There is no way to allow my readers a short and easy route to follow this story regarding Ohio’s provisional ballots. But I can say this story has ‘legs’ and if the contest in Ohio is close or if anyone wants to make political ‘hay’ then this story is not only to get more complex, but could drag out for weeks after the election is over.
So…strap yourself to the chair where you sit, and digest some news from Ohio.
I think it absurd that in this land we do not operate from one set of rules for everyone, every state, everywhere when it comes to how elections are conducted. This story from Ohio is not how our democracy should work. It is embarrassing. It sure as heck should not be the way readers around the globe view the way we run elections. (For those readers from outside the U.S. that join me on CP, please do not think this is how everyone operates here.)
On Thursday, voting-rights advocates filed an “emergency motion” with a federal trial judge seeking his reassurance that provisional ballots in Ohio will be judged by the standard he endorsed (and Ohio reportedly agreed to) in a recent consent decree. That standard, the plaintiffs say, is “that a provisional-ballot form that has incomplete or improperly completed information regarding the type of identification proffered by a voter should be counted pursuant” to Ohio law, which, they say, makes the poll worker responsible for taking down the information.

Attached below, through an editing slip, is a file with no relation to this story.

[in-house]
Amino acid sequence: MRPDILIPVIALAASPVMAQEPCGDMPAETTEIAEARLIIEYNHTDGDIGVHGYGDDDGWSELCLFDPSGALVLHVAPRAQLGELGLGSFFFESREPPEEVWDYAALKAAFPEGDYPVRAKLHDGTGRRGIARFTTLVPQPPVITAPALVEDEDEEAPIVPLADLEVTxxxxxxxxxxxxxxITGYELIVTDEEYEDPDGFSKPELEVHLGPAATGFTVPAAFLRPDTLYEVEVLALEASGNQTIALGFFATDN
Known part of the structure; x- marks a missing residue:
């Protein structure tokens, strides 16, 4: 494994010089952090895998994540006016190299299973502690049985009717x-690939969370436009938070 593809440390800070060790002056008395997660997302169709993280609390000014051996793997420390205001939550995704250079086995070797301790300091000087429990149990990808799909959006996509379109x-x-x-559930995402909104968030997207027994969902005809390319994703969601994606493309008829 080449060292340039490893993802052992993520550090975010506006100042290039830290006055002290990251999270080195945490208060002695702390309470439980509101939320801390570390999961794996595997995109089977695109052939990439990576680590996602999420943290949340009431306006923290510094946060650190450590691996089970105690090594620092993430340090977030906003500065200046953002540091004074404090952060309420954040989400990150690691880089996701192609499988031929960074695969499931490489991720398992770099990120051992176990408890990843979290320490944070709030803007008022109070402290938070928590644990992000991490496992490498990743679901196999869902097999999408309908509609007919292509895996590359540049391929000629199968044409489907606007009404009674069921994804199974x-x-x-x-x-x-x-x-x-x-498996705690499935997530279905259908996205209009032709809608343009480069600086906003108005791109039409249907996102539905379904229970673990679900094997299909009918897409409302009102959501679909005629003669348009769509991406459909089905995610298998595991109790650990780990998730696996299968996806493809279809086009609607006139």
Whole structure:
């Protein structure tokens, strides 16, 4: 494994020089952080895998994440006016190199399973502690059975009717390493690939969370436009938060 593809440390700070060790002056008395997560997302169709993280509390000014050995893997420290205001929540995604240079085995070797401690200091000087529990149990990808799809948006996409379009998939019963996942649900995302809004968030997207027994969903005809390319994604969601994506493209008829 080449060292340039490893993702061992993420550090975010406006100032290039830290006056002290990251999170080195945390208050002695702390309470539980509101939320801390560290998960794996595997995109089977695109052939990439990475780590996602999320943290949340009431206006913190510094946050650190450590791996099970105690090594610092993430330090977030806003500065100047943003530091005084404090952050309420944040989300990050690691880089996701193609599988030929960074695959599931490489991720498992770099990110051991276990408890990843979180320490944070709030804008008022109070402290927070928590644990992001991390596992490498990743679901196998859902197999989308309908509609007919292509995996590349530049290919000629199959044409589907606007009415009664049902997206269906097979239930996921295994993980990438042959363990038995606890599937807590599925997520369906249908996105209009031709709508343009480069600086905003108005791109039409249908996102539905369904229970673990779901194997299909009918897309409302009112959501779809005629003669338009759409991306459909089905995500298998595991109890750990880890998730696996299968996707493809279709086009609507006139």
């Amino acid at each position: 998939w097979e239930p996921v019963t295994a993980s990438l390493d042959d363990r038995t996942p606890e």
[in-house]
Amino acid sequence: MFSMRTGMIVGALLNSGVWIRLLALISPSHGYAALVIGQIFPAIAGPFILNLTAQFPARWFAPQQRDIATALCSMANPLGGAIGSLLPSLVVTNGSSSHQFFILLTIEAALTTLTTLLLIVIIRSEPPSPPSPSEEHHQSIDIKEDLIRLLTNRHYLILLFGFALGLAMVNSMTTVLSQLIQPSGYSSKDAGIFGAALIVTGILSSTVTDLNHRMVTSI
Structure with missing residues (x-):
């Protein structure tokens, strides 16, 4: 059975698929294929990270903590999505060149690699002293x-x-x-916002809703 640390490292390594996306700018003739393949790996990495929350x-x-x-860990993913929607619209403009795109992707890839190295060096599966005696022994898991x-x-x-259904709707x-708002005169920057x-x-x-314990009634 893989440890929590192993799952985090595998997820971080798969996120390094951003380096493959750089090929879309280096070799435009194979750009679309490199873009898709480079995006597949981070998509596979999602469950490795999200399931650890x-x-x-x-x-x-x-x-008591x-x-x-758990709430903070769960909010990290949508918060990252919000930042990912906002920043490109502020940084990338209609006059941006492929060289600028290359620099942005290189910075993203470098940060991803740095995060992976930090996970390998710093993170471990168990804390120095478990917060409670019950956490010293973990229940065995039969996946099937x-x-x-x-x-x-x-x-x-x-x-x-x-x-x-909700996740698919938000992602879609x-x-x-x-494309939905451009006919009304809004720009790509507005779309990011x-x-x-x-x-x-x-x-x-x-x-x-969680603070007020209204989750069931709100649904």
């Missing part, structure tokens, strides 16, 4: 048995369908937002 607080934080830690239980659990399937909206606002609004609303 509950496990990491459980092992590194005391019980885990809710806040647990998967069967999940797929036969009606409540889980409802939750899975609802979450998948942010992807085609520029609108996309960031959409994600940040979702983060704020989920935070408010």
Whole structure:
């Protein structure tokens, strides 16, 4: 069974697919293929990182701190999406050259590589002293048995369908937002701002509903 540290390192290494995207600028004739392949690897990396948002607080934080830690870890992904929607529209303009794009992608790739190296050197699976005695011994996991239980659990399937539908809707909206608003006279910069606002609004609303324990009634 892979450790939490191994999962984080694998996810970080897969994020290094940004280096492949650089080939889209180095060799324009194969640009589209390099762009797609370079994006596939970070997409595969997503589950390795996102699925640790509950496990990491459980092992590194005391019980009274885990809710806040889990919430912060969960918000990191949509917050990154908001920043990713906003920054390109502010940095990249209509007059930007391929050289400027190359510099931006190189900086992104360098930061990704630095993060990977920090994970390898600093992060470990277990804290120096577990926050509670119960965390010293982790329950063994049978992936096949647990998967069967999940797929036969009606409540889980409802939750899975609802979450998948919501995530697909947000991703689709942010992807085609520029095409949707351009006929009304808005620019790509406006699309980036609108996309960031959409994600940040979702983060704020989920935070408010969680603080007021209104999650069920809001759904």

Ohio has not yet responded to it with a filing in court — the state’s deadline is Monday. But it was a full day after this motion was filed that the secretary of state, at 6 p.m. on the Friday before the election, issued his contrary directive.
UPDATE…The deadline for the State’s submission is late Tuesday, with reply briefs due from the plaintiffs on November 8 and a written order from the judge to follow. Even more reason to realize that if the election comes down to Ohio it will be a while before we know who has won.
The contours of the legal dispute aren’t narrowing, as some legal disputes do at this stage of an election contest, but instead are growing. They are growing because the secretary of state has just doubled down on his position about incomplete provisional ballots. If he was wrong on Thursday, you could say, he was even more wrong on Friday. And that will likely mean a Monday ruling* from Judge Marbley which will then be appealed into Tuesday (and beyond) to the 6th U.S. Circuit Court of Appeals.
This dispute is important for many reasons. First, it’s probably the most direct evidence yet that Ohio will be counting its provisional ballots for days or even weeks past Tuesday. The blossoming argument above assumes as it must that there will be a great deal of anxious vote counting after Election Day. This scenario hasn’t exactly been a secret. But here’s an actual live dispute for us all to watch. It’s also a reminder that anyone rooting for a resolution Tuesday night (or early Wednesday) ought to hope that it doesn’t all come down to Ohio. If it does, it will be weeks — and one judicial hearing after another — before we have an answer.